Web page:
I also keep inventories of the warehouse, like all the models used for shooting, where the set pieces are, and the props, as examples. This also comes in handy for the features and the work I do there as it all ties in. Since we use the Enterprise E, we still have all the drawings available from the last feature. This saves thousands in redrawing and rebuilds when it already exists.
As the archivist, I am also involved in the Star Trek exhibits that are set up all over the world
You were the Art Coordinator for the last four movies — what do you do as the Star Trek film’s Art Coordinator?
I work for Herman Zimmerman. I am the second person in the Art Department. To start, I am given an empty set of rooms or a bungalow and start from scratch putting an Art Department together. I get all the equipment, tables, blueprint machine, everything right down to the telephones. I set up interviews in order for Herman to select his team. I make the deals and then maintain the Art Department. I make sure the artists are taken care of and have all the comforts of home. I am also the liaison between the other departments of the feature. I am in charge of making all the blueprints that are needed which can run into the thousands (that’s a lot of ammonia). I keep budgets and help Set Dressing with their purchase orders, shopping, and other needs as well. At the end of the feature, I put everything back the way I found it, send all the furniture back, disburse copies of documents to the proper departments, and disassemble the Art Department completely. That’s the depressing part of the whole thing.
And to top it off, you were in two of the movies — as whom?
I was in Insurrection as a Baku villager. If you watch real close when they are captured and the bad guys are walking into the holding area, I am the short chubby Baku, the only short chubby Baku I might add, with the dark hair that’s leaning up against the wall, but watch quickly.
And in Generations, I am in several scenes, but the one you can see me in the best is when Dr. Soran leaves 10 Forward. I am by the door wearing the dark purple jacket, on the right side, with lavender pants. The funniest one scene is when Data gets that drink and says he’ll have another. They were shooting from low upwards to his face, therefore since I’m short the only part of me you see crossing behind him is my hair.
Lastly, in your spare time… you have spare time? In your spare time you run an organization called Paw Haven. What’s that?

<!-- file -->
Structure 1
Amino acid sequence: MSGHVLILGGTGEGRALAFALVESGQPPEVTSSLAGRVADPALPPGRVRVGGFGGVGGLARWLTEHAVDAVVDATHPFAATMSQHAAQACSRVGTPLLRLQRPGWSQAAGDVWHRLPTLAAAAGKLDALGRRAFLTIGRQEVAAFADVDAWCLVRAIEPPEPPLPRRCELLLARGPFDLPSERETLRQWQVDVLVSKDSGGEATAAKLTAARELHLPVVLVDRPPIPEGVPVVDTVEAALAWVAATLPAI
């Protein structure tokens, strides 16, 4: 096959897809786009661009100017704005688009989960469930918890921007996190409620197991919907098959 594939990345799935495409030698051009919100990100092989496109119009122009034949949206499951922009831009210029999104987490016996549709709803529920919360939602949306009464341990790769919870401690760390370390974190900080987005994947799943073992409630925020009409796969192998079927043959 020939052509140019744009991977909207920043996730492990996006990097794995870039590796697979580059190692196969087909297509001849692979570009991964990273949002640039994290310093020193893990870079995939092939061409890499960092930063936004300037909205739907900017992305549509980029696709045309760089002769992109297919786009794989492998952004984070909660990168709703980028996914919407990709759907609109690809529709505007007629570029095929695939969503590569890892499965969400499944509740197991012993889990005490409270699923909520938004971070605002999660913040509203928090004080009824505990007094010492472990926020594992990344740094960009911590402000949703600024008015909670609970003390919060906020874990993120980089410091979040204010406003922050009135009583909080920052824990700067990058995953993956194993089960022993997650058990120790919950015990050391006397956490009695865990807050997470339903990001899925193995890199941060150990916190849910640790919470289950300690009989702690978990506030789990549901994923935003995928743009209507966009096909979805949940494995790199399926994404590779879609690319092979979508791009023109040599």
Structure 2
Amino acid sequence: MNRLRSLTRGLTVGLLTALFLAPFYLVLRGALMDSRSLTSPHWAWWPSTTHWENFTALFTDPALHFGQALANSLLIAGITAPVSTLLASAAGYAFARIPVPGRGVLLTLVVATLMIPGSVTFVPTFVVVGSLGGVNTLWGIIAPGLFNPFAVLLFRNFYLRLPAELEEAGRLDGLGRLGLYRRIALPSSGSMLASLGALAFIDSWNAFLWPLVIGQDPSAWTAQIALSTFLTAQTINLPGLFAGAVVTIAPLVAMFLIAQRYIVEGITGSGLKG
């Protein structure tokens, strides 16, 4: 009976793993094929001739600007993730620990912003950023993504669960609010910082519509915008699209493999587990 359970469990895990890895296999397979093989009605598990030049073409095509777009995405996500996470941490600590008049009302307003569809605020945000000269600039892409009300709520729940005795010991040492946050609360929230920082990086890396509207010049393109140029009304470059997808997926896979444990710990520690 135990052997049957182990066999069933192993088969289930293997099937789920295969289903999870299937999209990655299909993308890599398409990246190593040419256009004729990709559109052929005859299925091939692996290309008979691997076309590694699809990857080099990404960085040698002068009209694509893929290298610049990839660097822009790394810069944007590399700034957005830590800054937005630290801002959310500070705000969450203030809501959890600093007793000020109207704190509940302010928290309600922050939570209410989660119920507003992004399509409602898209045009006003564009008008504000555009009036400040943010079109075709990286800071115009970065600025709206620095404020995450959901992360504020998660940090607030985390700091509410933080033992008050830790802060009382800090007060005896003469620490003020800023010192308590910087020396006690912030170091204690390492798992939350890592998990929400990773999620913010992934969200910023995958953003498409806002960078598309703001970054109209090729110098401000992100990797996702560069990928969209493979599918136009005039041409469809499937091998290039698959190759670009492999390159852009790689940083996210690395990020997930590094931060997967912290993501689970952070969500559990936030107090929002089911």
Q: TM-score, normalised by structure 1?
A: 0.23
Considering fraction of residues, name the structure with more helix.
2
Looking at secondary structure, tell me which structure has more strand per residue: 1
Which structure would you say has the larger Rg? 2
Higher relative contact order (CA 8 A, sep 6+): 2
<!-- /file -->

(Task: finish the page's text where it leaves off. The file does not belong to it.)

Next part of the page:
Paw Haven rescues cats and kittens from all over. We have pulled them out of dumpsters, out from under abadoned houses, woodpiles, and especially from the kill shelters. We have people who watch for us and we try to pull the cats who are on the last few hours. That gets very expensive, about $50.00 eaCH and that of course is just the beginning. It would take a … novel to list the needs of rescue especially if you do bottle babies like we do. A small can of formula is $15.00 lasts only a few days and you usually have to have a baby on the bottle for at least one month or more. Then there are towels, laundry soap, rugs, blankets, carriers, traps, litter, litter pans, brooms, paper towels (we go through 15 paper towel rolls in about 2 weeks) bleach, sponges, bowls, and filtered water (LA water just causes great problems with gums and teeth).
We need building supplies as well so we can enclose … a sun room. Since we are close to cyotes, freeways and dogs, we cant let anyone outside. We need cat toys, catnip and pillows, heating pads and especially garbage bags. I could go on.
We show cats at PETCOs on rescue days and I do really well by placing cats in homes by word of mouth. People are welcome to come to my house where the cats are in a happy enviornment and people can see them in a normal state instead of in a cage if they would rather. Makes it easier for all. If at all possible I like the cat to pick out its family as well as vice versa.
I want to thank Penny for taking the time out of her very busy schedule to answer these questions for us and if anyone wants to donate either time or money to Paw Haven, feel free to contact Penny c/o Star Trek the Magazine, P.O. Box 5033, Westport, CT 06881, and she will let you know how you can help.